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1987: Fiji one step closer to a republic

The Queen has accepted the resignation of the Governor-General of Fiji at the Commonwealth Heads of Government Conference in Vancouver.

Governor-General Ratu Sir Penaia Ganilau said there was nothing more he could do to prevent Fiji from becoming a republic following the military coup by Colonel Rambuka last month.

This ends the islands' 113 year British Crown sovereignty and, according to constitutional experts, a split with the Commonwealth is increasingly likely.

Queen's sadness

In a written statement the Queen accepted the resignation but expressed her sadness that the decision was made without the Fijian people's consultation.

Following the announcement at 1800 GMT, the former education minister from the deposed government, Dr Tupeni Baba, expressed his disappointment in Mr Ganilau's decision.

"We expected the Governor General to do the honourable thing, to hold on at least until the end of the conference," he said.

Since the recent coup Mr Ganilau has been under pressure to capitulate. His resignation message accepted that his efforts to "preserve constitutional government had proved in vain".

Colonel Rambuka is set to introduce constitutional reform, which would guarantee political dominance of 'indigenous' Melanesian Fijians over the larger ethnic Indian population.

Elections in April put a largely ethnic Indian coalition administration in power for the first time, reflecting the Indians' 53% majority in the Fijian population.

Many Pacific leaders have quietly endorsed Colonel Rambuka's plans, although his republic has yet to be internationally recognised.

Papua New Guinea Prime Minister, Paias Wingti, suggested the political situation in Fiji was more complex than many people imagined.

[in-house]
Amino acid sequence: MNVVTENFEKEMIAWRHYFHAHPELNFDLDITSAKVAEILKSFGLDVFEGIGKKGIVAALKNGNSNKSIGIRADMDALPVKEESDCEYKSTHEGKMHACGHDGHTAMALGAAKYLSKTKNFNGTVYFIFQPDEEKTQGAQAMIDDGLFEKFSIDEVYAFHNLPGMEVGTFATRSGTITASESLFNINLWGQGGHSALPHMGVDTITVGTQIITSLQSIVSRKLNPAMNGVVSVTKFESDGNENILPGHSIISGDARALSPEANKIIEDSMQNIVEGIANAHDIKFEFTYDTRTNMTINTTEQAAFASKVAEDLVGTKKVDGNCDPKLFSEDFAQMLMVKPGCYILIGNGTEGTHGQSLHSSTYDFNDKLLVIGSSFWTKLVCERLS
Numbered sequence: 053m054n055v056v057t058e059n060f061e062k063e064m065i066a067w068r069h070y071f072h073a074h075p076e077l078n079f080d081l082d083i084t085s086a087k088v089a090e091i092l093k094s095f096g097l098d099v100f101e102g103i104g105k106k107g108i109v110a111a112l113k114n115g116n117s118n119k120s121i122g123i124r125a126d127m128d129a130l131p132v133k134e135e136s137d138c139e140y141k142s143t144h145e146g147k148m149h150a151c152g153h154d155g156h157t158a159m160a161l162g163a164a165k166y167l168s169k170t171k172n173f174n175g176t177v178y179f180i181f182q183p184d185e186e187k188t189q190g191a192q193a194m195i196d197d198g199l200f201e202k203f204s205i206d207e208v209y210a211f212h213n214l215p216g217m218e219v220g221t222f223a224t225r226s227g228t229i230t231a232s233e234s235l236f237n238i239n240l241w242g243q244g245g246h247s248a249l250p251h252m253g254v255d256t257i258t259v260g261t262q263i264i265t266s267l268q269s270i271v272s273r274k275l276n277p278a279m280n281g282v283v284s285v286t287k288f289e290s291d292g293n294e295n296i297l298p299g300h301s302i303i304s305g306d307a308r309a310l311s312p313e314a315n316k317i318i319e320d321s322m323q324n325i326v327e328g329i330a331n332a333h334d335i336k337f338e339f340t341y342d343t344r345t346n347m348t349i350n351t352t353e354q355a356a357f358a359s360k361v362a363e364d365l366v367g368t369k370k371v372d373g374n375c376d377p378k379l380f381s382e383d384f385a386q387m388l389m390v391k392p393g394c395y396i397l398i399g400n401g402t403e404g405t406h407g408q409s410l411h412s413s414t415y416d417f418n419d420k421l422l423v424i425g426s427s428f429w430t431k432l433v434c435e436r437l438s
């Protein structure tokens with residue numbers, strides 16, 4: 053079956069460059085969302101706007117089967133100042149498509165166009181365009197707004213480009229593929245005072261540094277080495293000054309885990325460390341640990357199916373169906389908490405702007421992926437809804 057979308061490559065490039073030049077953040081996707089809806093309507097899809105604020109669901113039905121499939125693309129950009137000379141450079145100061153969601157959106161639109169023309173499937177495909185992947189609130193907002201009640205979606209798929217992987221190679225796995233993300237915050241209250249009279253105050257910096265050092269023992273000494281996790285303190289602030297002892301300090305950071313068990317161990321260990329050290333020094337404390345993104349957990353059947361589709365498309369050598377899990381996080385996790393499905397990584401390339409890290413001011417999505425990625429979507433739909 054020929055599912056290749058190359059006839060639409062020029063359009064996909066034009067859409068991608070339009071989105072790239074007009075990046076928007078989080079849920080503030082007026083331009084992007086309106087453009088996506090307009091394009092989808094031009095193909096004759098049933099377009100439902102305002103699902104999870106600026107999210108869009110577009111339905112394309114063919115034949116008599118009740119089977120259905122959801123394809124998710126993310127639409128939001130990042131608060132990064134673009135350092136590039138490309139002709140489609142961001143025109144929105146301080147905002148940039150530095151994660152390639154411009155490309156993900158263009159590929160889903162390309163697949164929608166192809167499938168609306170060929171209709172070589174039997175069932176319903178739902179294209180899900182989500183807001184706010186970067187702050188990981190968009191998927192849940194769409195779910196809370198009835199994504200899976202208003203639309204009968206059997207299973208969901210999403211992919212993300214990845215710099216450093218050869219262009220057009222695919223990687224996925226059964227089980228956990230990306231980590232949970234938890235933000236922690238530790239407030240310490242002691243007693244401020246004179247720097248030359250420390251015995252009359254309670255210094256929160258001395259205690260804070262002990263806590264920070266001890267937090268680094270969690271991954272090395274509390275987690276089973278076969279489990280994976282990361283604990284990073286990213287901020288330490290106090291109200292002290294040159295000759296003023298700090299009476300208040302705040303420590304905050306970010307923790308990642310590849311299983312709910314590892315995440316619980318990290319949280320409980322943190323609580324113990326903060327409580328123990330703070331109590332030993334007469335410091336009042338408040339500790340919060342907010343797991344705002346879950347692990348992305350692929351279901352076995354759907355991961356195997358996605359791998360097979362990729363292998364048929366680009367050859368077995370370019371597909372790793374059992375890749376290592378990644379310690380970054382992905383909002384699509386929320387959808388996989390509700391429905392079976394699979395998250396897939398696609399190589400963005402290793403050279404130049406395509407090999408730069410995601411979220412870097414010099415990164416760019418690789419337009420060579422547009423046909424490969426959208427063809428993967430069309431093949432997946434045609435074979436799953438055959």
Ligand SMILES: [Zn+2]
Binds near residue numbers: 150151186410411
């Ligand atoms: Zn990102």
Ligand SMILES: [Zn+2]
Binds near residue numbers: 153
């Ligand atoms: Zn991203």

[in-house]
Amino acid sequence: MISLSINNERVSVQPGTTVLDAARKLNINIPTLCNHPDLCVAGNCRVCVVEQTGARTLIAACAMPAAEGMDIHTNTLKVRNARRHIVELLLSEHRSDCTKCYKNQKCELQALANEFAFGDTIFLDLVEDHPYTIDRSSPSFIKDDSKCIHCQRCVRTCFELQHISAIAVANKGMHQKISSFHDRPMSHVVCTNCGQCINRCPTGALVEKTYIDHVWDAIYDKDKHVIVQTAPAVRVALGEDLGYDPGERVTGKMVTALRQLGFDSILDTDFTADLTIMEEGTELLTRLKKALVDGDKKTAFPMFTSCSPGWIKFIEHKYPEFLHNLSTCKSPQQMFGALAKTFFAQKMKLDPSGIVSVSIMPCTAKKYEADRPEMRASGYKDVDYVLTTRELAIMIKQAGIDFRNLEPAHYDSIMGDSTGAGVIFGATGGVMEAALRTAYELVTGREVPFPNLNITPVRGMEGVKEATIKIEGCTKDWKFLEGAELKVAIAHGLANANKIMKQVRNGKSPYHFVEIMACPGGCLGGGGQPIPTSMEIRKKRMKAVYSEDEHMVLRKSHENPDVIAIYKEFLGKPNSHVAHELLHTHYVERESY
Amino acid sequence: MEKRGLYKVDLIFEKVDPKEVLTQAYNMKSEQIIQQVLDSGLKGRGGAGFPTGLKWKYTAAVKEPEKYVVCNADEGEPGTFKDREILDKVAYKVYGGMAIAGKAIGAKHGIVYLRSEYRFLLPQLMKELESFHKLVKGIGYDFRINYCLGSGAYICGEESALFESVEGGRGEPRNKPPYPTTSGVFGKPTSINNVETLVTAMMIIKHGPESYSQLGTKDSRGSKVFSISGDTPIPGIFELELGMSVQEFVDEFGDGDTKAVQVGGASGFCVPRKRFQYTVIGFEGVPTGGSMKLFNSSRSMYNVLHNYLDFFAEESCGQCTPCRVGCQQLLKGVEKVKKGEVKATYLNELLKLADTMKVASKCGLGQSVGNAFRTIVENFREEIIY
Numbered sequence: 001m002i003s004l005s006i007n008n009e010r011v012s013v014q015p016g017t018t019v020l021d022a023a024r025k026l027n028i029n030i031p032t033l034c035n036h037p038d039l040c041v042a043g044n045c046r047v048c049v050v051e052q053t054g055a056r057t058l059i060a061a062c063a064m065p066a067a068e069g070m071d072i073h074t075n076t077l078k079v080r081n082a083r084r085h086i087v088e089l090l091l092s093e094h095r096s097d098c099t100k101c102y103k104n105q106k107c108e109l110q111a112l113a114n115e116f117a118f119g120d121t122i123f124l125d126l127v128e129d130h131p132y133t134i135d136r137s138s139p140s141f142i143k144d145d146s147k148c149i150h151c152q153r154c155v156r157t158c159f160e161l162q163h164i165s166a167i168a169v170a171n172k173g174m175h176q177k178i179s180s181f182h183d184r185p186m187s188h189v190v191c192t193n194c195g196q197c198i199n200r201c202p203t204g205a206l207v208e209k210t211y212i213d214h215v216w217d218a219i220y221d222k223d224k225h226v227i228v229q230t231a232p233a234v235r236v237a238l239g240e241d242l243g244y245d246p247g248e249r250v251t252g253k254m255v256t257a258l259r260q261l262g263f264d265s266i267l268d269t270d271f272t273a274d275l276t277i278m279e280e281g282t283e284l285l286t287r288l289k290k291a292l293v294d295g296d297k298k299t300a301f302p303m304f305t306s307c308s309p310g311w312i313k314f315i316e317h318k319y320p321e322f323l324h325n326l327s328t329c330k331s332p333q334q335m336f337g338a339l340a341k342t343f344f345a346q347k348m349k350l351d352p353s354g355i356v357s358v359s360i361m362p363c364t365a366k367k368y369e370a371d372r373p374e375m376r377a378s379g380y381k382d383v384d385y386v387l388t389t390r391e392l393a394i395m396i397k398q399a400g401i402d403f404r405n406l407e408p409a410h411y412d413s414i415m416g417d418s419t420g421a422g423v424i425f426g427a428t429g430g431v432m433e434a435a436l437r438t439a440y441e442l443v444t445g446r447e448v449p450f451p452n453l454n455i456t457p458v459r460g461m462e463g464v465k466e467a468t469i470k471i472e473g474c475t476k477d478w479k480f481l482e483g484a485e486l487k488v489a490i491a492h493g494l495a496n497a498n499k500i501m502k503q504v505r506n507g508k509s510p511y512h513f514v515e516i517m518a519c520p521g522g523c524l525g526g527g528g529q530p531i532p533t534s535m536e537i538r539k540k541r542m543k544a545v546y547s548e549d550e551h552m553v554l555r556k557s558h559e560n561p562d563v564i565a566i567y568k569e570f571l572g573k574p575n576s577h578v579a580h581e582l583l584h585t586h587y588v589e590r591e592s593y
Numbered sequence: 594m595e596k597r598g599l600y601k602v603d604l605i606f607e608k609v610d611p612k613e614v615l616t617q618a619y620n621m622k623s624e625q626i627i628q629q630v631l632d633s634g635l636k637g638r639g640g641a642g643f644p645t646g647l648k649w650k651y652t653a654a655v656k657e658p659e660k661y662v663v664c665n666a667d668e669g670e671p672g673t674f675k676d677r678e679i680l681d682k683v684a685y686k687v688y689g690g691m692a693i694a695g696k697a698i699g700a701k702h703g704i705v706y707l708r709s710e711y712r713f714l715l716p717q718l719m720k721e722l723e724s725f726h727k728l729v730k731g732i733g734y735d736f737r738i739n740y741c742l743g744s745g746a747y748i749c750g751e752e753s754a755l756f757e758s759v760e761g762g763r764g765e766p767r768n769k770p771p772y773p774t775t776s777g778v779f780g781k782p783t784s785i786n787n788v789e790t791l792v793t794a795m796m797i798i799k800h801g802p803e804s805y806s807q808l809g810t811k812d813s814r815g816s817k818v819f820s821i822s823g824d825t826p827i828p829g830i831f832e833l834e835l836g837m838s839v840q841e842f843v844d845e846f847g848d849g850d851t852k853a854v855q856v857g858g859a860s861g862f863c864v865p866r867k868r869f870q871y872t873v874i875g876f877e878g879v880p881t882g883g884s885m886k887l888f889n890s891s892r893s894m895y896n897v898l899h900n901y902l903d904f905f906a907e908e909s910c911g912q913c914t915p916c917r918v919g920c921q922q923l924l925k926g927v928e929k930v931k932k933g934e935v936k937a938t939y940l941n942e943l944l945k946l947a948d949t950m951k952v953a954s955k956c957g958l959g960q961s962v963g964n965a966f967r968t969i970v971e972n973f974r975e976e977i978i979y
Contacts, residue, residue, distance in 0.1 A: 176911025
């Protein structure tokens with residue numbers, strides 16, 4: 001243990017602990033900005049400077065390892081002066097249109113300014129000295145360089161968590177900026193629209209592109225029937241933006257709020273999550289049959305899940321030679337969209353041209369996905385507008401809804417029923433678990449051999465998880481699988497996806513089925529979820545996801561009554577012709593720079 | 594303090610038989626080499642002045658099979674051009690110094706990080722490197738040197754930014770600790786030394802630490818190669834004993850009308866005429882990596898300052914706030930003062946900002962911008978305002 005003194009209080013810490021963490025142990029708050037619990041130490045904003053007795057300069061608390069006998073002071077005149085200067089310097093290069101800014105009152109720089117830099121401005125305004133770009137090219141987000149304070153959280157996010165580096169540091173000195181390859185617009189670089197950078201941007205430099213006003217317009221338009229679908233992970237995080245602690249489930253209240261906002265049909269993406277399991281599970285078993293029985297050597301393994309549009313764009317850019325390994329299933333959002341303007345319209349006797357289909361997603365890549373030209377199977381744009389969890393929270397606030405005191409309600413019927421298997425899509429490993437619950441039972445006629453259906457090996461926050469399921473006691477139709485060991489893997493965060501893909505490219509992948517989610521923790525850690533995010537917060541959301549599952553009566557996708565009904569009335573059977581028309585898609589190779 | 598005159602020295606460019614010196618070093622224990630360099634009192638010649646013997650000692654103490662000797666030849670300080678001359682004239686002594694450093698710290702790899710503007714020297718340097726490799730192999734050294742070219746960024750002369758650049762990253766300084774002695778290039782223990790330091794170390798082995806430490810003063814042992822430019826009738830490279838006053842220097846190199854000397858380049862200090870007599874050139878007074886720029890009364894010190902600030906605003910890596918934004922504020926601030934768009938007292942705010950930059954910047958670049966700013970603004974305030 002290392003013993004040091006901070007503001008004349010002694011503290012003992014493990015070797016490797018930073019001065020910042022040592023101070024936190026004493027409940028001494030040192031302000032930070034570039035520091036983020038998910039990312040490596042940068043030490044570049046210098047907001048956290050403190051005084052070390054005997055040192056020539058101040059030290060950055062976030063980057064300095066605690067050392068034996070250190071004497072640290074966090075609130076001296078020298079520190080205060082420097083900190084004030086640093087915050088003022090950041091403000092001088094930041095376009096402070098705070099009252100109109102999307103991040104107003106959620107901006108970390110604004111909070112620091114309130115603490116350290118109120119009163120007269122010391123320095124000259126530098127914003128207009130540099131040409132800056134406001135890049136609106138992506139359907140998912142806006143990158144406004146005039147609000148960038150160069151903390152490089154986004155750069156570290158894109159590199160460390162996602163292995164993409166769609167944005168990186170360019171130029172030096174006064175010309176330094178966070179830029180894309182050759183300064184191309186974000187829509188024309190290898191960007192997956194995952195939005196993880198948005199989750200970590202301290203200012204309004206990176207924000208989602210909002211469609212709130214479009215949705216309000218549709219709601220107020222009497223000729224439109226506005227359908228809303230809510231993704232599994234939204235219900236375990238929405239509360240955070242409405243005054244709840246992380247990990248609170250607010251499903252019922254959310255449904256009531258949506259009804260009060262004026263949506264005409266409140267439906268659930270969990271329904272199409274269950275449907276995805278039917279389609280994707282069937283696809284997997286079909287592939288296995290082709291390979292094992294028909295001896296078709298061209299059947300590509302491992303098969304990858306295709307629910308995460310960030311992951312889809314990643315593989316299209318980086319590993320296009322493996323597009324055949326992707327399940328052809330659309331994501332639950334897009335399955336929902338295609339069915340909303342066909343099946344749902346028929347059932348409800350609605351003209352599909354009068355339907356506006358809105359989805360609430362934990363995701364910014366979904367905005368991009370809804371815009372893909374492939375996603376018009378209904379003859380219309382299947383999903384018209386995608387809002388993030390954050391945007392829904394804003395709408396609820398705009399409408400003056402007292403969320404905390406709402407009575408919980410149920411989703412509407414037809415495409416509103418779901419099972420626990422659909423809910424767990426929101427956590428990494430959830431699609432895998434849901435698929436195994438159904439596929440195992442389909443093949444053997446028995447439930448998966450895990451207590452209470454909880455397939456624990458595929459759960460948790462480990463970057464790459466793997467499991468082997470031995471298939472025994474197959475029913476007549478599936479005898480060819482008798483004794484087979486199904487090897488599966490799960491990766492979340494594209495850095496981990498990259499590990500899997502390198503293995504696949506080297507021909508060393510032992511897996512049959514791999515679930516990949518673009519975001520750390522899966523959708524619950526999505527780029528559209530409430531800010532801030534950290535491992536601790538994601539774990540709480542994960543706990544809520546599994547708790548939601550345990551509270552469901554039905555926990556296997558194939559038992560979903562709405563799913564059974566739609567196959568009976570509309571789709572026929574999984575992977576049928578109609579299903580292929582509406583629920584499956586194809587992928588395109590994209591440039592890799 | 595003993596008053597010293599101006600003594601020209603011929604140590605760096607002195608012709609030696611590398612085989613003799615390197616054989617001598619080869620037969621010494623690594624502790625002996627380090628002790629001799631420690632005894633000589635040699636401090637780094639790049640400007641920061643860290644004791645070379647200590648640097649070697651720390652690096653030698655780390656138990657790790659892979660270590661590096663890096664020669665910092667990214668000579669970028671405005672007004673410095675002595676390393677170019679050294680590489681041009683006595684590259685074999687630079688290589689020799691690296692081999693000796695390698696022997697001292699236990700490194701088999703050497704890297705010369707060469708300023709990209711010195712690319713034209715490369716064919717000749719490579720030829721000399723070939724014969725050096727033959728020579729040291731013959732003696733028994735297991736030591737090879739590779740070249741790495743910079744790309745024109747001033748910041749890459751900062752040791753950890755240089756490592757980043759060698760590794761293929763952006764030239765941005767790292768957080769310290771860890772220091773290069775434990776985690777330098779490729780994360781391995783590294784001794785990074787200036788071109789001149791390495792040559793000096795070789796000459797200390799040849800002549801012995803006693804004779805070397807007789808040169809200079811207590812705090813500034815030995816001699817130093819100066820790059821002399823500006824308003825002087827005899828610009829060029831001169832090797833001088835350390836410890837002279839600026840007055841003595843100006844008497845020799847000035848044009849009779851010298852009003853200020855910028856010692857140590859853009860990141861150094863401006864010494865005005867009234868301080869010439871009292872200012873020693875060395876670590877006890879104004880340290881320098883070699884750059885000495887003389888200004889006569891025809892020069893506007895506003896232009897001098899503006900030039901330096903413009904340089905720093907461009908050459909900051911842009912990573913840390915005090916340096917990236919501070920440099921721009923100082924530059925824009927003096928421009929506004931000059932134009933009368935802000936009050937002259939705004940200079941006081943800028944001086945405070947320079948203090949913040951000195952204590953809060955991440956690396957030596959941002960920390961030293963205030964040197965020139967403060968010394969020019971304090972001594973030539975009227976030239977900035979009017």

"It's just like back in England. If you had 53% of the population becoming Indians and taking over England what would the English people think?"

In Context
The Fijian islands became a British Crown colony in 1874. Between 1879 and 1916 more than 60,000 indentured labourers were brought in from the Indian subcontinent to work on sugar plantations.

Since 1987 Fiji has faced international isolation and domestic instability and had a chequered history of inclusion and exclusion within the Commonwealth.

Despite anti-discriminatory measures aimed at reconciliation between the indigenous Fijian and Indo-Fijian communities, further political crises have harmed its economy and international reputation.

History repeated itself when armed nationalists headed by George Speight toppled the government of the Indo-Fijian Prime Minister, Mahendra Chaudhry, in 2000.

Democracy has been restored and the present government is once again a multi-racial coalition pledging national unity.


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